By the way, it turns out that what is actually burning in a candle is the wax itself, and that the wick acts more like a catalyst than the rest of the candle.  The way the wick is manufactured and woven influences many aspects of a candle’s performance such as longevity and amount of smoke produced.  All this and much more information for people who care about such things can be found on the internet here.

I pray that we are all people who care about such things.

All In The Name Of International Understanding

The other day, one of my Jewish friends was telling me how she thinks people would be much happier these days if Hitler had won.  She says that a Nazi world is a simple world.  I asked her if she thought the world was simple in Dachau, where her grandmother died.  She told me I make things too complicated.  She said that I would have made a lousy Nazi.

I think she was being a little harsh.

Often, just walking down the street I find myself hating people for no good reason.  I think that I am right most of the time, and that people who disagree with me are wrong.  I believe these things because I feel as though I think more deeply about the world than everyone else.

It took me just under three years to get to the point where I am able to say the things that I need to without fear of repercussions….

It takes less than a half a century to forget the scars of a million innocent deaths.  It takes less than a man being willing and able to make a change in the world that keeps him down.

Down, down, down, so softly speaking to no one in particular.  It is a free world that is holding me from telling you all the things that you wish that I could say, but at the same time, I am locked in a vault of lost ideas, of unspoken beliefs, of forgotten vendettas…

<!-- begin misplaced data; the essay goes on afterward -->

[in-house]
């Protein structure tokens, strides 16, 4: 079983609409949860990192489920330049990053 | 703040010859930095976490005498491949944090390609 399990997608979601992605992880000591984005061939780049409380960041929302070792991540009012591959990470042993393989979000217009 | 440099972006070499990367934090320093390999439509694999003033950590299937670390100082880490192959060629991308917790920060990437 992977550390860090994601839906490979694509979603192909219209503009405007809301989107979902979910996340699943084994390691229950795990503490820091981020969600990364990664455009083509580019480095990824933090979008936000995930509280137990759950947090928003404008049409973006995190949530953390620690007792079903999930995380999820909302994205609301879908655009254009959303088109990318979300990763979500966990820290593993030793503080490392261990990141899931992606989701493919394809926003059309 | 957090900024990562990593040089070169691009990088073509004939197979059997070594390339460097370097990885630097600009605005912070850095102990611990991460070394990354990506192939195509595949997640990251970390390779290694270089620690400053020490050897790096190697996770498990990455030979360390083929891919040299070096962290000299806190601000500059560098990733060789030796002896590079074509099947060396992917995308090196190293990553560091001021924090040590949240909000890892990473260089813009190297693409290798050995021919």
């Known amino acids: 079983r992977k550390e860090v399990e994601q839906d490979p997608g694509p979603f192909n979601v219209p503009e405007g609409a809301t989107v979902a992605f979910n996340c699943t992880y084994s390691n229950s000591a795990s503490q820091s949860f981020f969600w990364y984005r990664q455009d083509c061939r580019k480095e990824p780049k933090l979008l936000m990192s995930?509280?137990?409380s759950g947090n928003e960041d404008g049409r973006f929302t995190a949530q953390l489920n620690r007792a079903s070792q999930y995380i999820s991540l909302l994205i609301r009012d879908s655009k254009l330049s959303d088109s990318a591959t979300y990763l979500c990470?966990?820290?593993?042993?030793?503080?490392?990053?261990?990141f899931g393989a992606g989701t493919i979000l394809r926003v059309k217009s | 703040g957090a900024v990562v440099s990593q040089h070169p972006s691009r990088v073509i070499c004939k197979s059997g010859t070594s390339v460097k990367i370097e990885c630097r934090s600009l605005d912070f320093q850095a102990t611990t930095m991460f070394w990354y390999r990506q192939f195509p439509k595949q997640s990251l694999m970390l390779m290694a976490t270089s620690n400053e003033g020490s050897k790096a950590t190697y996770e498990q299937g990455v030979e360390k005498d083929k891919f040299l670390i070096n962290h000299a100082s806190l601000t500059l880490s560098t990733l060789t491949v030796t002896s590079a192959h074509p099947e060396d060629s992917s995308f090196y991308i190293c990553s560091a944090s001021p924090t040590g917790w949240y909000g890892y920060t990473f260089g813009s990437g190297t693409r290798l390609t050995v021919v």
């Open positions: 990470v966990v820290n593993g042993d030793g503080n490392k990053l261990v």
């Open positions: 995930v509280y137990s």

I am on an island in the China sea right now and I am walking freely, feeling no compassion for the bands of emaciated and wild dogs that roam the streets looking for handouts or perhaps just each other’s company.

It is a free world, and that is what we often forget.  That others are not doomed to share our own beliefs.

This freedom can make the world an ideological prison for the small-souled.  What is it that can either feeds a soul or cuts it off to atrophy, to wither and die?  To fall off in a gangrenous heap and dissolve into its surroundings?

If we were all large-souled, if we were all free enough, then would there be space for emptiness?  The emptiness upon which we can project our freedom?  The emptiness that serves as a stage for the human spirit in a world slowly filling up with millions of people?

We need to change the way that we think about numbers of people about population.  We need to think in terms of volume, not numbers, to see the world around us as a whole unpunctuated with that unpleasant otherness that keeps ‘them’ away from ‘us.’ 

The shit begins so early in life – just as we start to put up the walls that tell us what is knowable and what is easy versus what is unknowable and difficult.

Why are we so able and willing to accept things that will make it more difficult for us to achieve more in the future?  We, the little human flowers, are pollenated by these same vices that we are told to avoid.